I always loved reading, and my parents both held writers in very high regard, so it was always in my mind as a goal. Then in high school I had a teacher who encouraged me to think of myself as a writer, but he thought fiction writing was a lower sort of calling, but I admired some writers and I wanted to be like them. That got me going. What kept me going was some early encouragement from writing teachers, and words of praise from a publisher who told me to keep writing even though it would be tough to get published.
Do you have the support of your family and friends? Has that support always been there, or has it changed since being published?
My family supports my writing because they know it helps keep me centered and is important to me. The support has grown recently with the publication of my latest book, because they see it now as something real, not just a crazy pipe dream.
What would you say is your most interesting writing quirk? Strangest habit? Is there anything you have to do before you start writing?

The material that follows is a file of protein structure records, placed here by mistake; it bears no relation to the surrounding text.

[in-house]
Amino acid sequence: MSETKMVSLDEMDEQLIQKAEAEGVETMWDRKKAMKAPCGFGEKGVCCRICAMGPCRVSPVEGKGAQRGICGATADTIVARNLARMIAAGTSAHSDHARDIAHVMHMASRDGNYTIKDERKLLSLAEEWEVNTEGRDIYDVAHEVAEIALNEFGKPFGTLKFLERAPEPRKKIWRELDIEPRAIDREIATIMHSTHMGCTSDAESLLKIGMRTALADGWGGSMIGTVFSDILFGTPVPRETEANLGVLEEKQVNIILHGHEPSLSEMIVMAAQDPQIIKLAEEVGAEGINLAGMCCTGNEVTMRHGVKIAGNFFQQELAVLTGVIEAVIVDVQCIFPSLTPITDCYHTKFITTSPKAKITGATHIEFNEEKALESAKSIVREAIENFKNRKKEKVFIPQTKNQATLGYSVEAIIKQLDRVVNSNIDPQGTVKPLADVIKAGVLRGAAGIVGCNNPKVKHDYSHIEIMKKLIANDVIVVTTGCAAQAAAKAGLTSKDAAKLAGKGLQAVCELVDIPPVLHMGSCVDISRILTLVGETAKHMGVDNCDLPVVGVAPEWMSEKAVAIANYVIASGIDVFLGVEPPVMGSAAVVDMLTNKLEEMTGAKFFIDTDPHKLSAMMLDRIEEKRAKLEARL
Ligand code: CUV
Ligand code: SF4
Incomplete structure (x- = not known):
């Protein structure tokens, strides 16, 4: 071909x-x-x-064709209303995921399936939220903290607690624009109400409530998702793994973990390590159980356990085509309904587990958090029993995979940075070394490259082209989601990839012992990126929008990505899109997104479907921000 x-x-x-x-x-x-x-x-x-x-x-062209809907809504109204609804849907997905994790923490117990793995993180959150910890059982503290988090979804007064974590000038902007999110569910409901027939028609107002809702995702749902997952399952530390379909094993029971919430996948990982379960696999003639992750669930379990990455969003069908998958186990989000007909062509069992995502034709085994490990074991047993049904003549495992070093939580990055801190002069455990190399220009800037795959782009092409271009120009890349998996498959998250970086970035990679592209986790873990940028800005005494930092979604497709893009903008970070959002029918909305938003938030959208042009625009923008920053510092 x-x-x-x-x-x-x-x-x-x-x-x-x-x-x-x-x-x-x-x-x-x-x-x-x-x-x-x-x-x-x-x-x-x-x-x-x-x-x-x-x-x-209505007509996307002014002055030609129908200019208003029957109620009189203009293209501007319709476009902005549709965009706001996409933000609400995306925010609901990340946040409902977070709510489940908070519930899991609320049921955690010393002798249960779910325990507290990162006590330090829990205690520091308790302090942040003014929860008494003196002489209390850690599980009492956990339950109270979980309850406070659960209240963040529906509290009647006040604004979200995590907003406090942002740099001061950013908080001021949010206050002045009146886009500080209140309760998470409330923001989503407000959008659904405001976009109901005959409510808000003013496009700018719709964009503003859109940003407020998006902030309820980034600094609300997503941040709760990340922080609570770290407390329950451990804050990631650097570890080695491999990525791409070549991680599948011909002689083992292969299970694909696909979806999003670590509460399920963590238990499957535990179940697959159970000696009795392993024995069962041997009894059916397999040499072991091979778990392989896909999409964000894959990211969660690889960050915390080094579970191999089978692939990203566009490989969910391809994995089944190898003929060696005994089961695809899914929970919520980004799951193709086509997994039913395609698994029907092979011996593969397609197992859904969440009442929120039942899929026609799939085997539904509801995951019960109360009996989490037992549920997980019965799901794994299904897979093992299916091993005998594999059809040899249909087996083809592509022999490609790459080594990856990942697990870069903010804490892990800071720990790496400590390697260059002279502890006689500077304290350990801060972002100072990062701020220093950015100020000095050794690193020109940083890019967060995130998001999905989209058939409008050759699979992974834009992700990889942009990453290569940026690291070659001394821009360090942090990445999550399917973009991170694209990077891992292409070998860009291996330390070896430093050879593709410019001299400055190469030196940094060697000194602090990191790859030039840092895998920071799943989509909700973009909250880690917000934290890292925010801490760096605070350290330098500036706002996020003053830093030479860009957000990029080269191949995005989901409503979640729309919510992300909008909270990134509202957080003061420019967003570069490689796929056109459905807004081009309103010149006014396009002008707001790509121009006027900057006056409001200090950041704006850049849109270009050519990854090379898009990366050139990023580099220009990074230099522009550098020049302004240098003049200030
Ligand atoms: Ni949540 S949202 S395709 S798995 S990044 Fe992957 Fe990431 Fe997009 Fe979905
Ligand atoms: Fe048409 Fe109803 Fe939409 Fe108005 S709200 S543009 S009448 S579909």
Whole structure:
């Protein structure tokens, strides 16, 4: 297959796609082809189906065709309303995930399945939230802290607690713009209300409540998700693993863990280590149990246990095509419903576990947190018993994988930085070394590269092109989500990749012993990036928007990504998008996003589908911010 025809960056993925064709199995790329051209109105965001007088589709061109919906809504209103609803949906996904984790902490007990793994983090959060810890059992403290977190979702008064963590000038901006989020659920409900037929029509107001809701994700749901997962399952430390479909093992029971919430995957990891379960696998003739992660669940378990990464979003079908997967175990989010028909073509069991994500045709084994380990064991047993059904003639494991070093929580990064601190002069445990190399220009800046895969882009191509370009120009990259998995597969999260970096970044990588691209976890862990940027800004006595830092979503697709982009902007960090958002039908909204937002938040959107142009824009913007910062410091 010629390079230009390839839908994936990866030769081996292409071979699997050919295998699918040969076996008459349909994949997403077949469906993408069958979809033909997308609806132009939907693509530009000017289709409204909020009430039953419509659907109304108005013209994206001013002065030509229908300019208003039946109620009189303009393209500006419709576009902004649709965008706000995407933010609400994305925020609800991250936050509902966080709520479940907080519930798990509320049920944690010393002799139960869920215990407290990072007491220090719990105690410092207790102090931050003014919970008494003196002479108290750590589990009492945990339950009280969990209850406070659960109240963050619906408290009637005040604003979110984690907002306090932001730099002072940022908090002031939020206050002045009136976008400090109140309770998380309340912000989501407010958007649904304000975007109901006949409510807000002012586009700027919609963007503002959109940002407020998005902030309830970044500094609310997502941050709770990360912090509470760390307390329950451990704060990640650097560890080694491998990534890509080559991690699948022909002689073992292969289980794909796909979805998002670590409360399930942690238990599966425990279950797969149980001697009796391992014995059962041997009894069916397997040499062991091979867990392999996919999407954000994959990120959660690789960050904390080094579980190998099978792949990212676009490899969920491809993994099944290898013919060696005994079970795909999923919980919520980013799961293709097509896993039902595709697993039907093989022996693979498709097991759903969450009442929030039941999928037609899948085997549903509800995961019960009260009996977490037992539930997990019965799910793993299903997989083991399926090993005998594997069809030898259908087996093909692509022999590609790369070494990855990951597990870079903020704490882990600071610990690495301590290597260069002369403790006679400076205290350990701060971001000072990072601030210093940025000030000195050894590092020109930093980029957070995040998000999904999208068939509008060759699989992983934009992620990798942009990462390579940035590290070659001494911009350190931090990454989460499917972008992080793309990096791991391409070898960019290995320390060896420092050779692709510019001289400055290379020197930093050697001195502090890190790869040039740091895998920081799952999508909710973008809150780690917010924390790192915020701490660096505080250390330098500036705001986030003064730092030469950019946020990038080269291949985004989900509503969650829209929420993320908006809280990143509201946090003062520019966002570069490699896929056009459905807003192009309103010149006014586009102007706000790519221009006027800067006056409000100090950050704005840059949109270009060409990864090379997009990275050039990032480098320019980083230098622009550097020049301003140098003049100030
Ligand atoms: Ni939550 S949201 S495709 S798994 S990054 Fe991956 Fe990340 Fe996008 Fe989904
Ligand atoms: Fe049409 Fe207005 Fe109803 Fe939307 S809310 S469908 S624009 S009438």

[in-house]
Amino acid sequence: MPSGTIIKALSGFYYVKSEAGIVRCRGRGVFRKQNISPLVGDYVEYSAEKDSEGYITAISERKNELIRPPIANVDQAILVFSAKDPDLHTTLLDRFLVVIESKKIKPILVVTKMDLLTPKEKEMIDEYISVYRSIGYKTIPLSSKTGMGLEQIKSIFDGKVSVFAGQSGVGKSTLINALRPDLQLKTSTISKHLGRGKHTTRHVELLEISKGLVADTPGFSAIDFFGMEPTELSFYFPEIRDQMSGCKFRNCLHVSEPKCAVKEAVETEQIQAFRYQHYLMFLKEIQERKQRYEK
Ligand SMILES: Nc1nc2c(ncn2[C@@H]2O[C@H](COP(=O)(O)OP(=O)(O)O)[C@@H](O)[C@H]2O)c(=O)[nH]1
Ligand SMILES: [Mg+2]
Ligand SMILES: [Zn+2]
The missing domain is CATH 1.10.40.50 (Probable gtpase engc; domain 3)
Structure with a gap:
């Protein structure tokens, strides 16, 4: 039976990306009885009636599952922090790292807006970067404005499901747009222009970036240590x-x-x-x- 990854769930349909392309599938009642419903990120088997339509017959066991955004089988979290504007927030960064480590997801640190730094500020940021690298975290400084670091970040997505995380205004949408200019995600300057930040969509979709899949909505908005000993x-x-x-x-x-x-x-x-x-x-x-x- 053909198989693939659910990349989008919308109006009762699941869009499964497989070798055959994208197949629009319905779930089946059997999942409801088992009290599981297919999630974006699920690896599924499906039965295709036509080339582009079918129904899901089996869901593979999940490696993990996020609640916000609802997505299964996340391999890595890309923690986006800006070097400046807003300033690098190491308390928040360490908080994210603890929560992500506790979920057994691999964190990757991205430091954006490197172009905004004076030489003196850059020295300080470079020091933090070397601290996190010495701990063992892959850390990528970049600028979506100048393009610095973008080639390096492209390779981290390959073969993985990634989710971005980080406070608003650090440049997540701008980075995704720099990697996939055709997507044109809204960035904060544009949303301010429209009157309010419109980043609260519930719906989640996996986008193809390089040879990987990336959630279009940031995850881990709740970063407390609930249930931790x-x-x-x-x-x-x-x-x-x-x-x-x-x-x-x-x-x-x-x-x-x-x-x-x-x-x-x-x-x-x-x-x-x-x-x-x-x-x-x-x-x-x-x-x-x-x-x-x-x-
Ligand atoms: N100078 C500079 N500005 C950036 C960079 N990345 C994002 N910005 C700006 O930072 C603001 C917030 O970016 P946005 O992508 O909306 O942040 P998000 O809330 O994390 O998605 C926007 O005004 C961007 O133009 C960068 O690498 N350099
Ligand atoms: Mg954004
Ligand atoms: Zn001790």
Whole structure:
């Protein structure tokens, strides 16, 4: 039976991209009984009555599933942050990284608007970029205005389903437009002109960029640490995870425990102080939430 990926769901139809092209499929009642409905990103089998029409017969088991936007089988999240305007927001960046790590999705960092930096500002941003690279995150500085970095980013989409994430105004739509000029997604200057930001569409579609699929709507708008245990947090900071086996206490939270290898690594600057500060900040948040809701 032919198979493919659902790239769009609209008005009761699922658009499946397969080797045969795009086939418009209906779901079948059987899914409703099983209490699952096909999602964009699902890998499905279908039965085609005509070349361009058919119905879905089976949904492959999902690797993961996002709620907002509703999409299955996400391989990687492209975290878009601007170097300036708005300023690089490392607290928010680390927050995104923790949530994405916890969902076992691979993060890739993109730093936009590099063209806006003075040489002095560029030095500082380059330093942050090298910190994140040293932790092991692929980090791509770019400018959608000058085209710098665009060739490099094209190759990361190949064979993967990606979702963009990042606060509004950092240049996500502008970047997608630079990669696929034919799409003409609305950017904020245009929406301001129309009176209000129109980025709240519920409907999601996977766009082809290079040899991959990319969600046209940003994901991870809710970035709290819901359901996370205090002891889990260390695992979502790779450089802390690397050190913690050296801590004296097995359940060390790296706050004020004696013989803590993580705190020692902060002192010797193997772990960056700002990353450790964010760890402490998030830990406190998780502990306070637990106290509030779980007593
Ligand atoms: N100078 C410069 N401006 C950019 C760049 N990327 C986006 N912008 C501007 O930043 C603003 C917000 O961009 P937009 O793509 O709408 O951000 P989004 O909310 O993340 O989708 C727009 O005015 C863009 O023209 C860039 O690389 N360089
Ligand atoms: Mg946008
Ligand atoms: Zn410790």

I write all my first drafts in journals, and for my latest book I started dictating into an MP3 player on my hour long commutes to and from work every day. Then I transcribe into the computer using a dictation program that works pretty well. The one thing I absolutely must do is have two coffees before I can write or edit. Editing for me is where the magic happens.
What advice would you give to a new writer?
Read everything you can. Aim high. There’s no sense thinking you’re going to get rich quick and write what you think is going to be a best seller. Look at writing as a high calling and think about what your aims are. What kind of world do you want to live in? How can you improve the world with your writing? Then sit down and write every day.
What has been the biggest challenge of your career so far?
Keeping going past my fortieth birthday and thinking of myself as a writer, having faith that what I was doing was valid, for the many long years that my writing was being rejected by mainstream publishers.
A recent reviewer said my book Latitudes – A Story of Coming Home left the reader with important questions still unanswered, but that they were important questions to consider about family and belonging and the way relationships change over time. I thought that was a well-considered point and a great compliment.
What are you working on now? Could you give us a little taste?
I don’t like to talk about what I’m working on. That might be the answer to number three.
Tell us about your latest book.
Latitudes is about how a boy struggles to become himself, and it isn’t until a death in the family that he realizes all his running away has led him back to the need to reconcile with his past.
How can people find out more about you?
Check out my books:
And don’t hesitate to get in touch on: